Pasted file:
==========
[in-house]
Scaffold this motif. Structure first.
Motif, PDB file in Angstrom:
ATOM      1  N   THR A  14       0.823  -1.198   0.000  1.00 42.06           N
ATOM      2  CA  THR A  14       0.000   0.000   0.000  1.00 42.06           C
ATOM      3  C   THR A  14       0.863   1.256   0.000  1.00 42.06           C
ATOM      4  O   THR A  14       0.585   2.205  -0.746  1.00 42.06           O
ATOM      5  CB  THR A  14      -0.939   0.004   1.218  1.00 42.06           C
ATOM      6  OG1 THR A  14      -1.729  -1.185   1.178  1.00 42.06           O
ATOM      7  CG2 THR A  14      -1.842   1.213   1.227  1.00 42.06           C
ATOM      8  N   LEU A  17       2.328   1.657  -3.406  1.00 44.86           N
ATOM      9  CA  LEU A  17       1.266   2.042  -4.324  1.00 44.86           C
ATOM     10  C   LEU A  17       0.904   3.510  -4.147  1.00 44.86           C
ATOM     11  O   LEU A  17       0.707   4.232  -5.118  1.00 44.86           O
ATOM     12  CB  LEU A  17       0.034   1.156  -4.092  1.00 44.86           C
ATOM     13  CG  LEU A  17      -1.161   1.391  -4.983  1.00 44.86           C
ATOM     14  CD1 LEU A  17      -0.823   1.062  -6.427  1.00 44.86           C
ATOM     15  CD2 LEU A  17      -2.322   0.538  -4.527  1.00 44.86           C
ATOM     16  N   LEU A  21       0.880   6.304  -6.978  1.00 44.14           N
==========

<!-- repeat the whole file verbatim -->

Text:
[in-house]
Scaffold this motif. Structure first.
Motif, PDB file in Angstrom:
ATOM      1  N   THR A  14       0.823  -1.198   0.000  1.00 42.06           N
ATOM      2  CA  THR A  14       0.000   0.000   0.000  1.00 42.06           C
ATOM      3  C   THR A  14       0.863   1.256   0.000  1.00 42.06           C
ATOM      4  O   THR A  14       0.585   2.205  -0.746  1.00 42.06           O
ATOM      5  CB  THR A  14      -0.939   0.004   1.218  1.00 42.06           C
ATOM      6  OG1 THR A  14      -1.729  -1.185   1.178  1.00 42.06           O
ATOM      7  CG2 THR A  14      -1.842   1.213   1.227  1.00 42.06           C
ATOM      8  N   LEU A  17       2.328   1.657  -3.406  1.00 44.86           N
ATOM      9  CA  LEU A  17       1.266   2.042  -4.324  1.00 44.86           C
ATOM     10  C   LEU A  17       0.904   3.510  -4.147  1.00 44.86           C
ATOM     11  O   LEU A  17       0.707   4.232  -5.118  1.00 44.86           O
ATOM     12  CB  LEU A  17       0.034   1.156  -4.092  1.00 44.86           C
ATOM     13  CG  LEU A  17      -1.161   1.391  -4.983  1.00 44.86           C
ATOM     14  CD1 LEU A  17      -0.823   1.062  -6.427  1.00 44.86           C
ATOM     15  CD2 LEU A  17      -2.322   0.538  -4.527  1.00 44.86           C
ATOM     16  N   LEU A  21       0.880   6.304  -6.978  1.00 44.14           N